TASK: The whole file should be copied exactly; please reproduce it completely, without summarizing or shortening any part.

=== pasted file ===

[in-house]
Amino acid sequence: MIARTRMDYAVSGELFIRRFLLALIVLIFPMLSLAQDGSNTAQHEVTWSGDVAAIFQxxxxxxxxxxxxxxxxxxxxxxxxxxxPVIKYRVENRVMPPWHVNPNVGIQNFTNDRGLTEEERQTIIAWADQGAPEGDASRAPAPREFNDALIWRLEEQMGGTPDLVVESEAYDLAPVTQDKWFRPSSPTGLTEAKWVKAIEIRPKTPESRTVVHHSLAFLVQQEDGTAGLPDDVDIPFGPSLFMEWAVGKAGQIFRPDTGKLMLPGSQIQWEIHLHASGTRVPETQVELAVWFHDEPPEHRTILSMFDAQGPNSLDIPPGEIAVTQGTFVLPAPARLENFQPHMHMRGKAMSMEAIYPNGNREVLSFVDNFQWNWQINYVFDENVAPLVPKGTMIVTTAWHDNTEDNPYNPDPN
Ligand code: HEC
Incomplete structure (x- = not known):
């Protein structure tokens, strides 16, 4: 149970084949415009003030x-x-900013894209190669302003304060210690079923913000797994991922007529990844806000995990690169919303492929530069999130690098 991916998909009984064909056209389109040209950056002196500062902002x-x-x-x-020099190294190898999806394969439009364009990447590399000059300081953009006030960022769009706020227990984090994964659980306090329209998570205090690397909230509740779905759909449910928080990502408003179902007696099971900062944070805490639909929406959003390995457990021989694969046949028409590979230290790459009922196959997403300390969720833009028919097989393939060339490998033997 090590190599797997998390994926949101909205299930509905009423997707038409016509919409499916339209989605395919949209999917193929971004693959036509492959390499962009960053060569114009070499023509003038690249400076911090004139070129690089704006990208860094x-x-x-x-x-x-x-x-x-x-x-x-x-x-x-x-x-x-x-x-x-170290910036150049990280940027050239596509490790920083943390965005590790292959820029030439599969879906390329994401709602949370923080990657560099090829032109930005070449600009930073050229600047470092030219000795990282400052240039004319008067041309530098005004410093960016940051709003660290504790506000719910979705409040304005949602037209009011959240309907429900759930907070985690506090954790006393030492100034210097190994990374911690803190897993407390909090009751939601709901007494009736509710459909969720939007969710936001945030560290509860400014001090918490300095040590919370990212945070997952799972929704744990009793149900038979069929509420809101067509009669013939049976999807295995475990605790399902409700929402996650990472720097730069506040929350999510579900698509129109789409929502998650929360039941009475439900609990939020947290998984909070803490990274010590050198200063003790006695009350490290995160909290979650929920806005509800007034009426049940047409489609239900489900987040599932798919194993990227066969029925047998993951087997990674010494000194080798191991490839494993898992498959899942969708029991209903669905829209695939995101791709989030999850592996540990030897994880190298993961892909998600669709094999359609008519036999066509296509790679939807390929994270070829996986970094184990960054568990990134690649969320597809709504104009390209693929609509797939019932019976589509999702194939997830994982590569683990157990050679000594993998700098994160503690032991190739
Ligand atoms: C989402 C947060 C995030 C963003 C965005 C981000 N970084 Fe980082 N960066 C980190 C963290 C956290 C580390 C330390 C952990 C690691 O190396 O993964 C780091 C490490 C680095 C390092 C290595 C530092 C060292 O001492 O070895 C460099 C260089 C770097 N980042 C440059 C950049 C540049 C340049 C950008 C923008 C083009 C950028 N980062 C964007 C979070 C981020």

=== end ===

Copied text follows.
[in-house]
Amino acid sequence: MIARTRMDYAVSGELFIRRFLLALIVLIFPMLSLAQDGSNTAQHEVTWSGDVAAIFQxxxxxxxxxxxxxxxxxxxxxxxxxxxPVIKYRVENRVMPPWHVNPNVGIQNFTNDRGLTEEERQTIIAWADQGAPEGDASRAPAPREFNDALIWRLEEQMGGTPDLVVESEAYDLAPVTQDKWFRPSSPTGLTEAKWVKAIEIRPKTPESRTVVHHSLAFLVQQEDGTAGLPDDVDIPFGPSLFMEWAVGKAGQIFRPDTGKLMLPGSQIQWEIHLHASGTRVPETQVELAVWFHDEPPEHRTILSMFDAQGPNSLDIPPGEIAVTQGTFVLPAPARLENFQPHMHMRGKAMSMEAIYPNGNREVLSFVDNFQWNWQINYVFDENVAPLVPKGTMIVTTAWHDNTEDNPYNPDPN
Ligand code: HEC
Incomplete structure (x- = not known):
């Protein structure tokens, strides 16, 4: 149970084949415009003030x-x-900013894209190669302003304060210690079923913000797994991922007529990844806000995990690169919303492929530069999130690098 991916998909009984064909056209389109040209950056002196500062902002x-x-x-x-020099190294190898999806394969439009364009990447590399000059300081953009006030960022769009706020227990984090994964659980306090329209998570205090690397909230509740779905759909449910928080990502408003179902007696099971900062944070805490639909929406959003390995457990021989694969046949028409590979230290790459009922196959997403300390969720833009028919097989393939060339490998033997 090590190599797997998390994926949101909205299930509905009423997707038409016509919409499916339209989605395919949209999917193929971004693959036509492959390499962009960053060569114009070499023509003038690249400076911090004139070129690089704006990208860094x-x-x-x-x-x-x-x-x-x-x-x-x-x-x-x-x-x-x-x-x-170290910036150049990280940027050239596509490790920083943390965005590790292959820029030439599969879906390329994401709602949370923080990657560099090829032109930005070449600009930073050229600047470092030219000795990282400052240039004319008067041309530098005004410093960016940051709003660290504790506000719910979705409040304005949602037209009011959240309907429900759930907070985690506090954790006393030492100034210097190994990374911690803190897993407390909090009751939601709901007494009736509710459909969720939007969710936001945030560290509860400014001090918490300095040590919370990212945070997952799972929704744990009793149900038979069929509420809101067509009669013939049976999807295995475990605790399902409700929402996650990472720097730069506040929350999510579900698509129109789409929502998650929360039941009475439900609990939020947290998984909070803490990274010590050198200063003790006695009350490290995160909290979650929920806005509800007034009426049940047409489609239900489900987040599932798919194993990227066969029925047998993951087997990674010494000194080798191991490839494993898992498959899942969708029991209903669905829209695939995101791709989030999850592996540990030897994880190298993961892909998600669709094999359609008519036999066509296509790679939807390929994270070829996986970094184990960054568990990134690649969320597809709504104009390209693929609509797939019932019976589509999702194939997830994982590569683990157990050679000594993998700098994160503690032991190739
Ligand atoms: C989402 C947060 C995030 C963003 C965005 C981000 N970084 Fe980082 N960066 C980190 C963290 C956290 C580390 C330390 C952990 C690691 O190396 O993964 C780091 C490490 C680095 C390092 C290595 C530092 C060292 O001492 O070895 C460099 C260089 C770097 N980042 C440059 C950049 C540049 C340049 C950008 C923008 C083009 C950028 N980062 C964007 C979070 C981020």